Jonathan Franzen


Never use the word "then" as a ­conjunction – we have "and" for this purpose. Substituting "then" is the lazy or tone-deaf writer's non-solution to the problem of too many "ands" on the page.

Interesting verbs are seldom very interesting.

Esther Freud

Cut out the metaphors and similes. In my first book I promised myself I wouldn't use any and I slipped up ­ during a sunset in chapter 11. I still blush when I come across it.

Editing is everything. Cut until you can cut no more. What is left often springs into life.

Trust your reader. Not everything needs to be explained. If you really know something, and breathe life into it, they'll know it too.

Never forget, even your own rules are there to be broken.
Neil Gaiman
 

The main rule of writing is that if you do it with enough assurance and confidence, you're allowed to do whatever you like (that may be a rule for life as well as for writing. But it's definitely true for writing). So write your story as it needs to be written. Write it ­honestly, and tell it as best you can. I'm not sure that there are any other rules. Not ones that matter.
PD James

Increase your word power. Words are the raw material of our craft. The greater your vocabulary the more ­effective your writing. We who write in English are fortunate to have the richest and most versatile language in the world. Respect it.

John Dean 
 

 

Editing


Editing is crucial for writers. However, when editing your own work, it is often easy to miss or overlook problems. This is usually because you are so familiar with your own work that your mind automatically replaces the tiny typo with the correct word.
There are also times where your mind will completely overlook glaring holes in your plot line, because you know what your story is supposed to look like.
Let’s skip the simple editing problems, like typing errors, or grammatical errors, and take a look at some larger issues.
Ask yourself:
Is there a clear, believable main plot?
Does the plot move fast enough to grab the reader’s attention?
Have you glossed over important details?
Are action scenes written in a direct fashion, propelling the reader along?
Does the description of the setting transport you into the fictional world?
Do the descriptions amble on for pages or are they interspersed throughout the story?
Does the order of events remain consistent throughout the story? Has someone who died on page 54 come back to life on page 87?
Don’t be afraid to cut whole sections out of your work. If there are any redundant scenes or descriptions, take them out, or perhaps rephrase them with stronger writing. Once you have ruthlessly skimmed all the fat out of your story, re-read it again. You will usually find that your tale is much easier to read than it was before you edited.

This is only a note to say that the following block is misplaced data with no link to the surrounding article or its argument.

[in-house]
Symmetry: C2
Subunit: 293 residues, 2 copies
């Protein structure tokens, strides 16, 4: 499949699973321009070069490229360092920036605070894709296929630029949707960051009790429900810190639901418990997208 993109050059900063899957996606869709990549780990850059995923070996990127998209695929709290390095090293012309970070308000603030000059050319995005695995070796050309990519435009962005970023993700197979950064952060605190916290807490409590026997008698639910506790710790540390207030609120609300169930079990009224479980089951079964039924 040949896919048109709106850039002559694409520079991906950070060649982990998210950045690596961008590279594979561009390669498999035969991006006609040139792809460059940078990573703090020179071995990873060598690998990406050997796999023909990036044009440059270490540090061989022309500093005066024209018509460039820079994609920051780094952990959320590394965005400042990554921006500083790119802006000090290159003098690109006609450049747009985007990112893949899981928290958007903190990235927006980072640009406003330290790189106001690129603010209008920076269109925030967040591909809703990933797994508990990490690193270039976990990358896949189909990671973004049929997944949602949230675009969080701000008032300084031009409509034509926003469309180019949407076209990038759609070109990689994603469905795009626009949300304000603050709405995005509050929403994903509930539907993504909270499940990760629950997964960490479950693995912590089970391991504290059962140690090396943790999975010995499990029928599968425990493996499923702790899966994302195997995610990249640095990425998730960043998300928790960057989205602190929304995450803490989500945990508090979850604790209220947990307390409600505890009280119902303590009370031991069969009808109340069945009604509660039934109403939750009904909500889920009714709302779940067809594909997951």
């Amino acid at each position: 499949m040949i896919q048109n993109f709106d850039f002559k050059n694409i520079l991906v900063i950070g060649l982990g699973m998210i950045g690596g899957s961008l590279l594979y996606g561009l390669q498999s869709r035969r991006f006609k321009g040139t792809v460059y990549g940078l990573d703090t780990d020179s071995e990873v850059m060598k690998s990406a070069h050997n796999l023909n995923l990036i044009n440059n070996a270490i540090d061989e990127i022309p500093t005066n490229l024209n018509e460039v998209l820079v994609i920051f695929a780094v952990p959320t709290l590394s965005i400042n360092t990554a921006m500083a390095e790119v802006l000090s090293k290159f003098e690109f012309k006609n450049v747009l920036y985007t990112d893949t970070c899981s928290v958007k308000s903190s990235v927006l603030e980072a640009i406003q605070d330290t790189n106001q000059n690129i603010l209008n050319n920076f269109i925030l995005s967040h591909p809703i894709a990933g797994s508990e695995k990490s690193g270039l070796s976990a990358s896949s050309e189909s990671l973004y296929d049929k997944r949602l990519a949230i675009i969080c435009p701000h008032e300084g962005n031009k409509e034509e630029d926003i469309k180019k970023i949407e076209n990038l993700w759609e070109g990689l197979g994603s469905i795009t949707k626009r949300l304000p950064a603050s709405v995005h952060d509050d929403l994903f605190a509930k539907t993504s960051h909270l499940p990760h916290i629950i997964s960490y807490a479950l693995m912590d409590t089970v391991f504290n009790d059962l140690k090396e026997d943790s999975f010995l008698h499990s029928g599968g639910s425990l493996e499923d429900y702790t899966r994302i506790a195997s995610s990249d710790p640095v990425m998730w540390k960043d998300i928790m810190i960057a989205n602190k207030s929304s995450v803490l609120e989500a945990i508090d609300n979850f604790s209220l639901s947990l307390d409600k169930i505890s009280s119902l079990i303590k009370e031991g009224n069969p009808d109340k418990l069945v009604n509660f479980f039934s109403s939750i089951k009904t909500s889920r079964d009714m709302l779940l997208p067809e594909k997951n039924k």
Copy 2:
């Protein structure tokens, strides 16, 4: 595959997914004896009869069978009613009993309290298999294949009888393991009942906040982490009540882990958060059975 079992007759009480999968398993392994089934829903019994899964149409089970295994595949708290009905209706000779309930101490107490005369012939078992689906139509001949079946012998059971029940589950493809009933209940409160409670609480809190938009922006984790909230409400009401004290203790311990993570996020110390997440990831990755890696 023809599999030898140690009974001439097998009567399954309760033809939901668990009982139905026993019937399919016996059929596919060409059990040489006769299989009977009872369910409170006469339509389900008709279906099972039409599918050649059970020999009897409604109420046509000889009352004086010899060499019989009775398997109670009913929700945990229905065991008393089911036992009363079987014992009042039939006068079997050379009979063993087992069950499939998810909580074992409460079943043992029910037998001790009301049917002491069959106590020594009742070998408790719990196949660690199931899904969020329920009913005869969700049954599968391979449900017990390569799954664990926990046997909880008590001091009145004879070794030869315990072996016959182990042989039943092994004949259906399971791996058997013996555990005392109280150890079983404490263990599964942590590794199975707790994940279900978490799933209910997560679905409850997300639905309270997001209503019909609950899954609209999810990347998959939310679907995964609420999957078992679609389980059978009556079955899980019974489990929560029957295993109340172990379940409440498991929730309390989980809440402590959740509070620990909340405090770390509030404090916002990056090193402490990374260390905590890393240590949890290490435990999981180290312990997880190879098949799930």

John Dean

The birth of stories

The more I talk to writers, the more I realise the passion that they hold for their art and one subject that seems to evoke strong reactions is where do stories come from.
There are those who argue that they come out of real life experiences. You go through it as a writer therefore you are able to best tell the story. Others recoil from that approach, arguing that that the key is in the word fiction, that stories should be made up and come entirely out of imagination.
The anecdote below will, hopefully, show where I stand and it involves The Secrets Man, published by Hale.
For me, stories come out of experience and The Secrets Man had its germ (literally) in one of the most difficult experiences of my life, the serious illness and resultant problems experienced by my father.
As the illness, and the dementia that accompanied it, took control of his mind, he disappeared into another world, one where nothing was as it seemed.
As I sat at his bedside night after night, watching him suffer, I started to look around the ward. Six beds, six patients, each of them in a world of their own.
And the idea came to set a novel in the world of dementia, weaving the worlds created by unwell minds in with reality outside the hospital window.

John Dean

It's in the detail

As those who read my blogs will know, I think that detail is key to good writing and I often teach classes on the subject.
Here’s some tips:
* Ask questions about your character. What does your character look like? How does he/she walk or talk? What kind of clothes does he/she wear? What nasty habits etc? What beliefs? And which facts are relevant?
* Create details about your settings. What does your character's living room look like? Is it messy or is it tidy? Are there paintings on the wall etc etc? Create details that bring the settings to life. A story comes alive when the reader can see, smell, taste, hear, and touch the world you've created.
* Don't be excessive in using details. Use only what is necessary. Sometimes two or three details will do the trick, the reader will do the rest.

John Dean